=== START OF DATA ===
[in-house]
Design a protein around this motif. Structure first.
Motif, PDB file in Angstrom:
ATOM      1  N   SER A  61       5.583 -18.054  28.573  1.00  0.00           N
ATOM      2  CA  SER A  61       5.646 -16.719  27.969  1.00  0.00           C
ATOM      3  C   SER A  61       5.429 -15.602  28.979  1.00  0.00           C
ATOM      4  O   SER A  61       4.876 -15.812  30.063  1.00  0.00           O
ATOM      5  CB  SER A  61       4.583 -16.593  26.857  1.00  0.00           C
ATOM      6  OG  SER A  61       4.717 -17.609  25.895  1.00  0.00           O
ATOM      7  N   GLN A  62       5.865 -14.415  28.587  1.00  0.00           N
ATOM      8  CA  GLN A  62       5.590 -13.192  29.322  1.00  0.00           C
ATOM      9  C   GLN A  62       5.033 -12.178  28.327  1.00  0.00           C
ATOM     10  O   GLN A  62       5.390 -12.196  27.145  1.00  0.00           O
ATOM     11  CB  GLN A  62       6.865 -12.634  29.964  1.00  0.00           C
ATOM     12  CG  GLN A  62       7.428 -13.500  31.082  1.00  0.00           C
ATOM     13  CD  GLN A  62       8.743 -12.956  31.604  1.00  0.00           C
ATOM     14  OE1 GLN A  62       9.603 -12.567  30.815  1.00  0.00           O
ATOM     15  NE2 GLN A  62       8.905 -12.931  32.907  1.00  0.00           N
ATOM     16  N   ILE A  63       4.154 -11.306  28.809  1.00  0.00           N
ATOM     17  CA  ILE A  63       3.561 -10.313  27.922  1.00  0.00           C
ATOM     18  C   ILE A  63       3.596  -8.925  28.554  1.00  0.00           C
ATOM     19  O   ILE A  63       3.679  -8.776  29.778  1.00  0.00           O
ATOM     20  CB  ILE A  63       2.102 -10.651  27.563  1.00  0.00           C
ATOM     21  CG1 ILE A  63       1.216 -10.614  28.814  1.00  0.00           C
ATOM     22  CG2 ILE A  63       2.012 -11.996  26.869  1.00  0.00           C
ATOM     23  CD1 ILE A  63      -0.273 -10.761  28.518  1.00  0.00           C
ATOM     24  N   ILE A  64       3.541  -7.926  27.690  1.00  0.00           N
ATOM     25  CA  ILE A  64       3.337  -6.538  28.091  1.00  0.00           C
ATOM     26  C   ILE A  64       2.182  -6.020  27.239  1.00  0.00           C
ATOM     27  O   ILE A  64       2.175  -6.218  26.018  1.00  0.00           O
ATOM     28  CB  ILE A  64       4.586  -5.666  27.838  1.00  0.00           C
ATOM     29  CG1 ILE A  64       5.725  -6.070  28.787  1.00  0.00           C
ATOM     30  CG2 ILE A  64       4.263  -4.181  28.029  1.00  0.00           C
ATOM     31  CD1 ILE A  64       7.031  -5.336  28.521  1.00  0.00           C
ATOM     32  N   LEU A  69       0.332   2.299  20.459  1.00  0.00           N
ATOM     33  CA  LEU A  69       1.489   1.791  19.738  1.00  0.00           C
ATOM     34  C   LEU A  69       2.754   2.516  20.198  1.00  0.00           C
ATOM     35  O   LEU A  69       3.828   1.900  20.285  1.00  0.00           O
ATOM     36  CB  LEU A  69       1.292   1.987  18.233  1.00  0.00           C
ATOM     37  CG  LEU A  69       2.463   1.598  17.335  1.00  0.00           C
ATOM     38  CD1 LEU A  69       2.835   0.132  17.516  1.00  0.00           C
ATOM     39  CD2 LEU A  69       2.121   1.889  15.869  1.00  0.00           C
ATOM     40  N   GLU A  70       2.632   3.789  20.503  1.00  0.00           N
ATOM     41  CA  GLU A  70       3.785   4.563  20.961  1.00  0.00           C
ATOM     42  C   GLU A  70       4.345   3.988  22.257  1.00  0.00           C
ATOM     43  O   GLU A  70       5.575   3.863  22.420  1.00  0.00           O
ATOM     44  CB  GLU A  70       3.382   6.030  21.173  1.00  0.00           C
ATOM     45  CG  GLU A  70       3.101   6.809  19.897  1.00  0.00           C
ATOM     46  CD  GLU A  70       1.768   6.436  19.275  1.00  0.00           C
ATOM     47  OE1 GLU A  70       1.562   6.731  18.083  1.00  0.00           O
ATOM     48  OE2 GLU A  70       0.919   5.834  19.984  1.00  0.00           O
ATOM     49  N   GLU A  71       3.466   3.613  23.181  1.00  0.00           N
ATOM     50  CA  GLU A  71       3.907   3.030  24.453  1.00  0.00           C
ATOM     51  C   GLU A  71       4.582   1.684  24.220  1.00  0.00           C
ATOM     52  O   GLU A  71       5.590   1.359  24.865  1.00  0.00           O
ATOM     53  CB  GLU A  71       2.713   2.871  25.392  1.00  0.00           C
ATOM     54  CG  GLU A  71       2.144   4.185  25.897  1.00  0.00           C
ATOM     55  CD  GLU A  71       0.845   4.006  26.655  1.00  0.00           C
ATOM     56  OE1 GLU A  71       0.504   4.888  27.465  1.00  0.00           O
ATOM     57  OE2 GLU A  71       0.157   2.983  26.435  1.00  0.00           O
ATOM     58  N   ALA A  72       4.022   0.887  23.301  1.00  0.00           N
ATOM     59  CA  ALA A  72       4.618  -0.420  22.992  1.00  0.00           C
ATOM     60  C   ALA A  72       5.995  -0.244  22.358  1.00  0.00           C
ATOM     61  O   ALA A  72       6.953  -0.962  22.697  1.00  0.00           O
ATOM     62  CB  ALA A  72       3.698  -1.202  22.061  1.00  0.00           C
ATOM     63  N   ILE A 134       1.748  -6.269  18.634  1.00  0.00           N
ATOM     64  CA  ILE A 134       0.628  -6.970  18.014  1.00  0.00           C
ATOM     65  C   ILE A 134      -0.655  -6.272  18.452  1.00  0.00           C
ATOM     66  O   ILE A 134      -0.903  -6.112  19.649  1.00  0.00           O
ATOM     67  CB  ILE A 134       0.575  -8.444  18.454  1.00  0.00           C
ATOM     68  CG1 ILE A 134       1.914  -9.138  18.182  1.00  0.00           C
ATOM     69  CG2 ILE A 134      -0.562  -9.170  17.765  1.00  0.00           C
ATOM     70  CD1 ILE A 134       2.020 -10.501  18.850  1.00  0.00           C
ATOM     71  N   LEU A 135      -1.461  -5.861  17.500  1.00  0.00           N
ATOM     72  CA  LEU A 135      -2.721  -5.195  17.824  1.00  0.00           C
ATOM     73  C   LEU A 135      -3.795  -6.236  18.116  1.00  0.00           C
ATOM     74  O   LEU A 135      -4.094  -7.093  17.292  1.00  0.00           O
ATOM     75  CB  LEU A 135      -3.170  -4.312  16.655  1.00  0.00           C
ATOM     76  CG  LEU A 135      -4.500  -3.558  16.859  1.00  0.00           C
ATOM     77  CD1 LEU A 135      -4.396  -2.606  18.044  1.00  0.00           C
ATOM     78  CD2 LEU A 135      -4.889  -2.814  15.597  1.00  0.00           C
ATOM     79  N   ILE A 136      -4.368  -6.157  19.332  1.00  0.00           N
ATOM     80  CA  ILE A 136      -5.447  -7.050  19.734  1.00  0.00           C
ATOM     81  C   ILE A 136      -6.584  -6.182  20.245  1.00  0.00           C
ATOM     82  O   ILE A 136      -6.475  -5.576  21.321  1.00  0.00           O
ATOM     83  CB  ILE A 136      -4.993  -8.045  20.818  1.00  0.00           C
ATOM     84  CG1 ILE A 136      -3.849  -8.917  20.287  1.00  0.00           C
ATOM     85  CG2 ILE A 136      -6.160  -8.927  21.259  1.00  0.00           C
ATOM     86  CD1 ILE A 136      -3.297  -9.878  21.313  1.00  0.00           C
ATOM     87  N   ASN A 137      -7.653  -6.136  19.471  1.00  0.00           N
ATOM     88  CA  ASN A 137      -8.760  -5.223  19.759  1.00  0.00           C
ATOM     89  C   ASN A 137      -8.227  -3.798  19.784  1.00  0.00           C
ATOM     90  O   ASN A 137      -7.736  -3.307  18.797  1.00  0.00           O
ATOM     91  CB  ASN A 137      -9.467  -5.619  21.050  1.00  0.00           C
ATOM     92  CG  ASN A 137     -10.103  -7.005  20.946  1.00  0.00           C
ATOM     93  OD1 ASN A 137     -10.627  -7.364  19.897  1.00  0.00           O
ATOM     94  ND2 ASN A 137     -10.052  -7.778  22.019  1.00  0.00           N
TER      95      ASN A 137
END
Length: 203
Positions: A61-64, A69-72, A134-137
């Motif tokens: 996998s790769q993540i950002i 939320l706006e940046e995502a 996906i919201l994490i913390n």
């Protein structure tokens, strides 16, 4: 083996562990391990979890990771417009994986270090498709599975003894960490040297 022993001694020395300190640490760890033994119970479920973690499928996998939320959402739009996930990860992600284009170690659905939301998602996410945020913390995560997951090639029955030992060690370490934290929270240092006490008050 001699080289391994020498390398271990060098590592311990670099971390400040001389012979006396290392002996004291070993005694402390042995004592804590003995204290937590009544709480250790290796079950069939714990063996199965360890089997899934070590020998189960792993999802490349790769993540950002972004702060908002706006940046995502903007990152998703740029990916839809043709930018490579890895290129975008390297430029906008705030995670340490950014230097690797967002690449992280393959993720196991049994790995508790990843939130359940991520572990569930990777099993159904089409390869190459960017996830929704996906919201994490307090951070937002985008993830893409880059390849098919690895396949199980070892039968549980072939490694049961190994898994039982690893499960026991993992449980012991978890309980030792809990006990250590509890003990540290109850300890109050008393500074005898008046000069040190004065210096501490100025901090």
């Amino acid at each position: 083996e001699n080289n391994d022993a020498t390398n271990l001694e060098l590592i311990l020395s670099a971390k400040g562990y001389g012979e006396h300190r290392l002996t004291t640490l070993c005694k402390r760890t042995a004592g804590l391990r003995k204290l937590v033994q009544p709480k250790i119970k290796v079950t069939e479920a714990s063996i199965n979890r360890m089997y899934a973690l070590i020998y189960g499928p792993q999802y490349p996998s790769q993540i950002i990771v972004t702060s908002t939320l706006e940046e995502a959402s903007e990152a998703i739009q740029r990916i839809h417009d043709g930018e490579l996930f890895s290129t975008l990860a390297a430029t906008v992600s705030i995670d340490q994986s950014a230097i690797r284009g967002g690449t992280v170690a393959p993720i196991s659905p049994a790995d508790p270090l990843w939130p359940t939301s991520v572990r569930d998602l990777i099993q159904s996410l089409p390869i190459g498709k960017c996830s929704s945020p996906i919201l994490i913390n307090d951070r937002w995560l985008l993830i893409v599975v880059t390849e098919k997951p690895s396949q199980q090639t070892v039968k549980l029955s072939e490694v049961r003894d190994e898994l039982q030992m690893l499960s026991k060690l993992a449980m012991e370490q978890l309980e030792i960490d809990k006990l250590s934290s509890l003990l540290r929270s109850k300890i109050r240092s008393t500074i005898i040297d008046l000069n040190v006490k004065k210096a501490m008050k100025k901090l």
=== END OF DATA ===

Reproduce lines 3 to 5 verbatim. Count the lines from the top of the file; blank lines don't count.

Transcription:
Motif, PDB file in Angstrom:
ATOM      1  N   SER A  61       5.583 -18.054  28.573  1.00  0.00           N
ATOM      2  CA  SER A  61       5.646 -16.719  27.969  1.00  0.00           C